Your March 6 editorial regarding a proposed citizen initiative on the November ballot to raise the minimum wage fails to recognize one critical component of the deeply flawed Maine People’s Alliance proposal: the detrimental impact that the elimination of the tip credit would have on small-business owners and service employees in Maine.

The editorial, which was written strictly from the point of view of the proponents of this effort, simply fails to address the effect that the elimination of the tip credit would have on restaurants, a cornerstone of Maine’s, and Portland’s, small-business economy.

The tip credit, which has been in place for decades, allows for a restaurant employer to pay their tipped workers half the prevailing minimum wage. It accounts for the fact that tipped workers will receive tips, like commissions, that make up for and exceed the difference between the current standard minimum wage of $7.50 per hour and the cash or tipped wage, which is currently $3.75 an hour. My employees always exceed the minimum wage by $20 to $30 per hour.

Eliminating the tip credit for service workers in Maine would result in a nearly 260 percent increase in the cost of employing tipped workers over the next few years, and will, without a doubt, have a negative impact on the jobs and livelihoods of both tipped workers and their small-business employers.

It would also affect the ability of tipped employees to maximize their earnings by providing exemplary service, as people began to hear about the sizable increase in these workers’ base pay.

Margins in the restaurant industry are slim, generally 3 to 5 percent, so an increase of 260 percent for tipped workers over time is bound to wipe out that margin and place most area restaurants with table service in an extremely negative position.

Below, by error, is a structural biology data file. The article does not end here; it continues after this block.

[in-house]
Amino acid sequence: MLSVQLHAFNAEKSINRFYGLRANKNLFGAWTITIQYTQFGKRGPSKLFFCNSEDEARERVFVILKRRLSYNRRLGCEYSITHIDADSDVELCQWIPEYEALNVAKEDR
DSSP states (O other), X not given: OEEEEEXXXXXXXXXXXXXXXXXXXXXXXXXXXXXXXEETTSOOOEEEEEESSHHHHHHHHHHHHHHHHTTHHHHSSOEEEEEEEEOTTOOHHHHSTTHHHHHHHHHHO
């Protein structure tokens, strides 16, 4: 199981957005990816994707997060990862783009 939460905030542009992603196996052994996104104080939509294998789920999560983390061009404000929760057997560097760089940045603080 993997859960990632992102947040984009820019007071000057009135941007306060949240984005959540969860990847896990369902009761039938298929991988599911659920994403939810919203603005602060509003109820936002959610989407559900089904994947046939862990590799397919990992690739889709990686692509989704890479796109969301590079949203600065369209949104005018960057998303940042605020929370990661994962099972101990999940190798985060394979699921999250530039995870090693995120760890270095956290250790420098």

The restaurant landscape in Maine would change forever, and the accolades received by the city of Portland – and many other cities and towns in our state – will begin to diminish, as will the jobs for workers and the investments made by small restaurant owners and entrepreneurs. Developers would not open new restaurants, and those small businesses with marginal reserves would be forced to close.

Make no mistake: Many small-business owners like myself believe the statewide minimum wage for non-tipped workers should increase to the $10 level, as it has in Portland and as proposed in a competing measure put forth by a large coalition of Maine business groups.

But the 50 percent tip credit should be retained in statute, as was also achieved in a similar sense in Portland’s ordinance. The Portland City Council found that keeping the tipped wage at $3.75 was the right course of action, both for Portland’s restaurant owners and for their tipped employees.

Ask any tipped employee at a restaurant near you if they would prefer to make a set wage or hustle and create their own destiny. The employees at my restaurant would always choose their own initiative.

We must not punish employees who now make a very good living on tips – or restaurateurs, who are the fuel of the city and state’s economies – with Seattle-style statutes that will depress growth in our economy and cost jobs.

The restaurant business model in Maine is one that is predicated on the use of the tip credit, and it works well. All monies borrowed and cash expended by an investor are based on the fact that servers can use tips as part of their income.

To eliminate this long-standing statute will not only stop investors from opening new table-service restaurants in Maine, but also make the survival of many of Maine’s small, iconic restaurants difficult at best. If the Maine People’s Alliance measure is passed in November, Maine would be the only state east of the Mississippi that would not have this option available to its restaurant community.

I strongly encourage voters to contact their legislators to urge them to support the competing measure before the Maine Legislature that would raise the minimum wage to a sustainable and reasonable $10 an hour, but keep the tip credit that is current law. The tip credit is absolutely imperative for the survival of our small businesses, both in Portland and across the state.